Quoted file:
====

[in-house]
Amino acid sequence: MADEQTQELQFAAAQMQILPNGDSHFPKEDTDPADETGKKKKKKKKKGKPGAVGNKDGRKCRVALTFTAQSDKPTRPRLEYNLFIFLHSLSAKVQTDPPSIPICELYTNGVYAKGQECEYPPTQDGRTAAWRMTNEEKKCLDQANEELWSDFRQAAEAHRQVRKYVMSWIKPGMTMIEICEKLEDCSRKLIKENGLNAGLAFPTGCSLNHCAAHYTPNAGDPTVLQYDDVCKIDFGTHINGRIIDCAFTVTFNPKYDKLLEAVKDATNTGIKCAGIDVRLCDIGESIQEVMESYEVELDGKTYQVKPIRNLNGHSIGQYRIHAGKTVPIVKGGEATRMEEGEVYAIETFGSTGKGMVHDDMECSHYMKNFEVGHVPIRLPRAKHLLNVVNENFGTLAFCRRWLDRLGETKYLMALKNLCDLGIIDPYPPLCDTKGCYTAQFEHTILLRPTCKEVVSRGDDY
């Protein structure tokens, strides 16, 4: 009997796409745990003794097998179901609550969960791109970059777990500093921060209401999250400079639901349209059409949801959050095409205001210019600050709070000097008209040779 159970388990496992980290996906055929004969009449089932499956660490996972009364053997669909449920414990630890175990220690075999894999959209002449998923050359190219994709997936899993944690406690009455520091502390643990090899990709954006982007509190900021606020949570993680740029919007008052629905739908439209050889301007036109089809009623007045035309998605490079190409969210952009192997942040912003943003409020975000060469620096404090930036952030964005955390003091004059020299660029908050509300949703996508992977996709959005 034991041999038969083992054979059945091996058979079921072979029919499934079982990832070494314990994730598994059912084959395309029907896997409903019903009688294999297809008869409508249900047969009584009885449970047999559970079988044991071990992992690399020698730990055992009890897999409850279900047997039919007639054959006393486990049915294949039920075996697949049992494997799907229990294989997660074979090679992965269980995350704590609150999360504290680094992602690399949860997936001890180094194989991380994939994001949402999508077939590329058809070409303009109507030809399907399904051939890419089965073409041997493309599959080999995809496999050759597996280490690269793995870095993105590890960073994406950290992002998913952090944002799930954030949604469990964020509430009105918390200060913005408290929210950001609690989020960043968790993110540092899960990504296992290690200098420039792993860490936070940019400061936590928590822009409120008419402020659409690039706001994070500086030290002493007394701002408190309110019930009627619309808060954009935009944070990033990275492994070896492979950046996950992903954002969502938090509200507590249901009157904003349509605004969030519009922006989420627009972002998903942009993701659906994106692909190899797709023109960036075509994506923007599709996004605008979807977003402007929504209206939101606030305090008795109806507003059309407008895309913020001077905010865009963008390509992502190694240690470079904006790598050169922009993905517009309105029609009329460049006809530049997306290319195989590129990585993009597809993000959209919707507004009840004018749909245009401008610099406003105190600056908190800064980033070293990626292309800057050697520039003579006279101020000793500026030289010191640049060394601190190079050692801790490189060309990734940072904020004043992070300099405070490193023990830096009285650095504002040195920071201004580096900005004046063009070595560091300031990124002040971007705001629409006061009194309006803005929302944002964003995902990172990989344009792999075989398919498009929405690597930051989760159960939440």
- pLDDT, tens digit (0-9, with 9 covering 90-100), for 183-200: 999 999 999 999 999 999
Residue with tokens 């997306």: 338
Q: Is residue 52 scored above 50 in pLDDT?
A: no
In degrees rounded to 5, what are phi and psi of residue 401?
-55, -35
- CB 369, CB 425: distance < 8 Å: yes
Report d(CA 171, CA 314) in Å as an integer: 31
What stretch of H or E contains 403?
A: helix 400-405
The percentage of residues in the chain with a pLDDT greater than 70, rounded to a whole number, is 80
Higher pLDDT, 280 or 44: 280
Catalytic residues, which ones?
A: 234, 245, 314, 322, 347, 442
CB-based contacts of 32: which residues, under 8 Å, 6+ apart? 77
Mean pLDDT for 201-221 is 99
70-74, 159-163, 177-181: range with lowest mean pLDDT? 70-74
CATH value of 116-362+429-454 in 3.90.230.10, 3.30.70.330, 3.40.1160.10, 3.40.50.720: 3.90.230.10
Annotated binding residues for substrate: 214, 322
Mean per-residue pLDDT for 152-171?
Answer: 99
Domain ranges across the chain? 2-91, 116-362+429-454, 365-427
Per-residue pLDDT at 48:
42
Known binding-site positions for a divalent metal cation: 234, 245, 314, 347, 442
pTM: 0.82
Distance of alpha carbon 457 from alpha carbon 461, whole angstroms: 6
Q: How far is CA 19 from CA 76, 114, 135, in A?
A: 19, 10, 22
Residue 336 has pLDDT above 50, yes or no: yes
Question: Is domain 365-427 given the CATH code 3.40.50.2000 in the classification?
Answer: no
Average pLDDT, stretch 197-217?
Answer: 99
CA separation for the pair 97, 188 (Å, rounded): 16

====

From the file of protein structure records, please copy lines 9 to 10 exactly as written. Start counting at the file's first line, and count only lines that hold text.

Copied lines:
-55, -35
- CB 369, CB 425: distance < 8 Å: yes